Rules for Racing

There’s a pretty unique blog out there put together by a few renegade running ladies called the Bad Angels.  The authors regularly contribute to the site with their own thoughts on running, training and racing, accumulated through years of hitting the pavement.  This wisdom is packaged in neat little “rules,” which range from conventional advice (rule #91 – Drink Water) to personal quirks for newcomers (rookie rule #11 – Get Inked).

In addition to these guidelines, they also provide race recaps, tons of running song recommendations and the occasional op-ed on the goings-on of the running community.

It’s a funny blog because running is seen as a simple concept.  You put one foot in front of the other, then you go fast enough to be airborne and that’s it.  You’re running.  You’re falling forward but catching yourself.  Simple enough, right?

That is, until you go hard.  It’s not until you dip your toe into the local racing community, until you sign up for a long-distance race and become completely inundated by everyone’s opinions on shoes, gear, race fees, efficient gaits, the legitimacy of Dean Karnazes and whether giving medals at 5ks diminishes the value of accomplishment that you realize how insane the sport is.  The point is, when you become a Runner with a capital R, things stop being so simple.  There are so many things to consider, which is why it’s helpful to have a blog that has 105 rules (and counting) for your reference.

Inspired by their structure, I decided to put together my own little list of “rules” but with my own personal twist.  Instead of producing a list of guidelines for becoming a successful runner, I wrote out my ten rules exclusively for racing.  While they aren’t applicable to everyone – in fact a few are admittedly superstitious – I think they can be helpful to any newcomers to the racing circuit.  But remember, these are just things I do.  If it helps, say “I, Dan Solera” before every rule to make it less of a command.  And so, here they are, in the order that they should be observed:

Dan Solera’s Rules for Racing

1. Don’t Look at This Year’s Medal

Many races these days are luring runners by email blasting their medal design before the event even happens.  While I have said on numerous occasions and make no attempts at hiding it, an awesome medal will get me to your race.  In my list of motivations, “zomg a medal with a duck on it” ranks much, much higher than “this would improve my overall health” and “finishing would bring great honor to my ancestors.”  But for some reason, I don’t want to see it before I actually earn it.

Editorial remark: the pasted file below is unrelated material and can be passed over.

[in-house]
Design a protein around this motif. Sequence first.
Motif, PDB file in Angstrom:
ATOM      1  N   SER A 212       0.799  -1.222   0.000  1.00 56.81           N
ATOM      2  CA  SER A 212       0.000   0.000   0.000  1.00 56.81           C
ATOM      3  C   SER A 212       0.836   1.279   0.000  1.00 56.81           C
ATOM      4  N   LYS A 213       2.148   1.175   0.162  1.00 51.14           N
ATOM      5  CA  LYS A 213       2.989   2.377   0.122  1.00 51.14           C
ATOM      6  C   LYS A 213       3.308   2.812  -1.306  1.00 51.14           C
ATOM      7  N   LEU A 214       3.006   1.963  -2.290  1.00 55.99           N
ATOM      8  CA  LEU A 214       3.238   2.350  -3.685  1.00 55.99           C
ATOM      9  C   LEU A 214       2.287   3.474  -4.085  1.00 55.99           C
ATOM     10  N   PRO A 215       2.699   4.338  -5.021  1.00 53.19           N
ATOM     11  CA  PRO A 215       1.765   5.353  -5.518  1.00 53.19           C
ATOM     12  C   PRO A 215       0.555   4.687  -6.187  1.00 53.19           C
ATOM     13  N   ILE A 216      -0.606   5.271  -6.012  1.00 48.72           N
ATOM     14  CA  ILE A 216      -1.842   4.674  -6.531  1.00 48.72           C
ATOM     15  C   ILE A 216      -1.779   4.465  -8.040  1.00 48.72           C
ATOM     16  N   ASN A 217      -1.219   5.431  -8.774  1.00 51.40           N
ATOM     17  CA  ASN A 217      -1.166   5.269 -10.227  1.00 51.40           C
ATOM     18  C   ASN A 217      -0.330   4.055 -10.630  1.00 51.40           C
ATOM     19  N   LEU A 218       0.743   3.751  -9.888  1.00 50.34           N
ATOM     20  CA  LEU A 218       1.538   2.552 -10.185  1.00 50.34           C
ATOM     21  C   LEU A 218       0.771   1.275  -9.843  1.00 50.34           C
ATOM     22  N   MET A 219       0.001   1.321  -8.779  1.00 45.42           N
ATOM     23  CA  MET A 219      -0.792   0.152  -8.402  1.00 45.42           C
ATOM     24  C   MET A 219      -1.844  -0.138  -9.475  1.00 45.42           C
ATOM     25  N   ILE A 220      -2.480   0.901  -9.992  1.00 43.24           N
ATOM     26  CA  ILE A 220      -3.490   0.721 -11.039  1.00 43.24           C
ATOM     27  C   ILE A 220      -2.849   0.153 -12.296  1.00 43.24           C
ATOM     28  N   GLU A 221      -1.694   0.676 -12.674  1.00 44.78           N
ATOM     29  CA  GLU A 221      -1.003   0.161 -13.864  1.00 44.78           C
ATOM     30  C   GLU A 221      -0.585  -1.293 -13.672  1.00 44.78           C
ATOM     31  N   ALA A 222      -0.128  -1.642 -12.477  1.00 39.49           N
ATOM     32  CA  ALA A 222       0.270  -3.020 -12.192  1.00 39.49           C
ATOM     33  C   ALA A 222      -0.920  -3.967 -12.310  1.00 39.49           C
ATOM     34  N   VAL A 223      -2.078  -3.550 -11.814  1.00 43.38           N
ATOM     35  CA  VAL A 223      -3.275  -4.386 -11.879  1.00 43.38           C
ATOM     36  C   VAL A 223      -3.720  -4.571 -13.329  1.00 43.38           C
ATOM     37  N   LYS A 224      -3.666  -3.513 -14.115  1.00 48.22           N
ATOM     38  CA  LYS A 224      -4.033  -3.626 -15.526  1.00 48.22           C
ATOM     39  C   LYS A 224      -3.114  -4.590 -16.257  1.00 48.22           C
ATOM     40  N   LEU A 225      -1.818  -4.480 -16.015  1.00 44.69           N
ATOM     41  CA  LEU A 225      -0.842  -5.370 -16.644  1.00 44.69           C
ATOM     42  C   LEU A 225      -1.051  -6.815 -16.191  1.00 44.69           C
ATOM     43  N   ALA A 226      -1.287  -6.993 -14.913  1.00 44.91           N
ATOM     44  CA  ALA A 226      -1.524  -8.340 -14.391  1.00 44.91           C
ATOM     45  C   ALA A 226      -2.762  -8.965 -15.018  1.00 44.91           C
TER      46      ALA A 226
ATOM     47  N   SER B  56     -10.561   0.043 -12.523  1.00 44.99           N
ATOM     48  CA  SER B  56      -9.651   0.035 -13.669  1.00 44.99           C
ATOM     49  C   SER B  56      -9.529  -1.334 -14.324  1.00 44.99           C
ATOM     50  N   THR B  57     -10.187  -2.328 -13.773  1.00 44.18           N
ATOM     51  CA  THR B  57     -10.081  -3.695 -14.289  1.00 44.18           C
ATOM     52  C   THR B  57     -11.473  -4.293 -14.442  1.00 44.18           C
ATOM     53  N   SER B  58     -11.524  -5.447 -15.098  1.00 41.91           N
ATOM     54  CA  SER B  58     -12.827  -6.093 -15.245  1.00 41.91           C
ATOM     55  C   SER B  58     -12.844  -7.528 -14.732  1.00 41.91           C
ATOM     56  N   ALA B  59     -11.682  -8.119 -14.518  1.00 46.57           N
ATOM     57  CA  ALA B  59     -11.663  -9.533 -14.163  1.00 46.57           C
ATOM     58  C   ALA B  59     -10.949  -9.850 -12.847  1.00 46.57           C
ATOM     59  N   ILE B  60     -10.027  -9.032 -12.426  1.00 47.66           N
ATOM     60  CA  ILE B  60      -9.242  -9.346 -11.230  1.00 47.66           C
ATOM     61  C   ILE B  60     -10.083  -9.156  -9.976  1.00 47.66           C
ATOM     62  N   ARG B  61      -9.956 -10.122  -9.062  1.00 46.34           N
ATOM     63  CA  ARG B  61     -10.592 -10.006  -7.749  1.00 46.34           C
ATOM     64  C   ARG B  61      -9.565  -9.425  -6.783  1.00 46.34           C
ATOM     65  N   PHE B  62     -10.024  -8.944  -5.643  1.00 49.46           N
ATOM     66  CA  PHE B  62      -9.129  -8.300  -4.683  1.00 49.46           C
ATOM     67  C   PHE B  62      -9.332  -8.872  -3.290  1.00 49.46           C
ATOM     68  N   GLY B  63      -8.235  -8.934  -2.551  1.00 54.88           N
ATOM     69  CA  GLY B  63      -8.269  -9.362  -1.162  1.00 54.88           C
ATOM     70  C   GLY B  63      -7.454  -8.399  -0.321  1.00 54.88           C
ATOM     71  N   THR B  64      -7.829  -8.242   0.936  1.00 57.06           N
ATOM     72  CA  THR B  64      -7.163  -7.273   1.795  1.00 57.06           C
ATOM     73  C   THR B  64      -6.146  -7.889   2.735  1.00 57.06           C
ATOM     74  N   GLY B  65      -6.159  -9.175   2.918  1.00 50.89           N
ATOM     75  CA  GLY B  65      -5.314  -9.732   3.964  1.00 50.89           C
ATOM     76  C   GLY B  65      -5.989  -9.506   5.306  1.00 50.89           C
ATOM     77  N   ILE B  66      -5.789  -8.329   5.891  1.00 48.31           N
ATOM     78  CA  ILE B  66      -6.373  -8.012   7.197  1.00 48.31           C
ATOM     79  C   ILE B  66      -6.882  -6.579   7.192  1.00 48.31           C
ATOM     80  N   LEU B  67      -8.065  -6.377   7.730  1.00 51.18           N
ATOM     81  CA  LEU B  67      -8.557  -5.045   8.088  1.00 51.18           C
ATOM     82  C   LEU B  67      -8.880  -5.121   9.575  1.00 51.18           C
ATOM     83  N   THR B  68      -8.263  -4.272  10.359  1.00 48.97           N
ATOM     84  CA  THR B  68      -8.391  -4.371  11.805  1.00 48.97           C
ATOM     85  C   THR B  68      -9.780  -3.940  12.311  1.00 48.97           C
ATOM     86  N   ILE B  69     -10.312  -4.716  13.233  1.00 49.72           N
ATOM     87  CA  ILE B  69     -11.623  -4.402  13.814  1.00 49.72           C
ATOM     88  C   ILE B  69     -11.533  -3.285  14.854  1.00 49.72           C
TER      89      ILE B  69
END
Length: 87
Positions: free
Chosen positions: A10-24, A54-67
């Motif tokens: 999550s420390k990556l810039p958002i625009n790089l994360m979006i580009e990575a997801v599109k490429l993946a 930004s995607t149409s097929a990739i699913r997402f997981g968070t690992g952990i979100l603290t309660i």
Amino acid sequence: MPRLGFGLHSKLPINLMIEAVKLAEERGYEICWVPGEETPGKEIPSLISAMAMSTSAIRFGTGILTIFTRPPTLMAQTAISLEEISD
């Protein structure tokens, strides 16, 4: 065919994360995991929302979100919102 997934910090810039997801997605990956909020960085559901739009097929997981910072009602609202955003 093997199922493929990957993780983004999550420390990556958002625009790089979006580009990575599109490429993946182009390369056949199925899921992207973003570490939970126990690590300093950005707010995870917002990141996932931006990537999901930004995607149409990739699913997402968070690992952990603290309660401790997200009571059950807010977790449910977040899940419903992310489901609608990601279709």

In other words, it’s totally okay – in fact, it’s necessary – to see medals from previous years so you get an idea of what to expect this time around.  However, if they post it on their website or email it to you or carry it in a golden sarcophagus to a mountain in the desert, don’t look at it, Indy!  You’ll enjoy it so much more when it’s a surprise at the finish line and all the Nazis are dead.

2. Show Up Stupidly Early

You don’t want to miss out on your corral start because you got in a 30-minute bathroom line 20 minutes before the race start; you don’t want to end up in the Z Corral because you ended up parking two miles away after everyone else took all the choice spots; and you certainly don’t want to spend the first two miles side-stepping charity walkers because you thought waking up at 4 AM wouldn’t be awesome sauce.  Trust me, show up early.

3. Line Up (Slightly) Slower Than Your Projected Pace

Every race is full of people who don’t obey the pace rules.  You line up next to the 7:30-pace sign and sure enough, there will be people running 9- or 10-minute miles next to you for the first mile.  There’s no panacea for this, it’s just an annoying reality that we have to face no matter how fast we run.  And let’s face it, lots of people running a 7:30 pace probably lined up with the 6-minute milers just because it feels badass to be near the start.  However, we can be part of the solution.  So what I recommend is picking a Corral or a pace sign just slightly slower than your goal pace, but when the gun goes off, run at your intended pace.  Better to be faster than the runners around you (and annoy the scrub n00bs you pass) than be slower (and annoy everyone else).

4. Sandbag Your Expectations

We all love to PR.  It feels great, it validates our efforts and we get to brag about it for a few days when people are dumb enough to ask.  However, unless you’re just starting out, you won’t PR every time.  In fact, the more you run, the less likely you’ll achieve a personal best as you become more of a Nordic god see your returns diminish.  While I consider myself an optimist, I put more stock in pragmatism than blind enthusiasm.  After all, your brain secretes more happy juice if you surpass your C-level times versus missing your A-level times, right?  I’m no brain surgeon, but I think I read that on the internet somewhere.

So when I line up to start, I sandbag my time goals.  Even if I’m feeling 100% with spring-loaded shoes and a hired thug with a nailbat ready to chase me, I’ll tell myself, “You know, I’d be happy if I finish in [SUPER FAST TIME minus several minutes].”  This doesn’t mean that I’ll run any less hard or put less effort into it.  I’ll still try my damndest to PR.  But if I don’t, it’s alright.  I’ll move on and sleep soundly that night with help from the Sandman.  And his bags.  Of sand.  I’m sure there was a better way to end this one.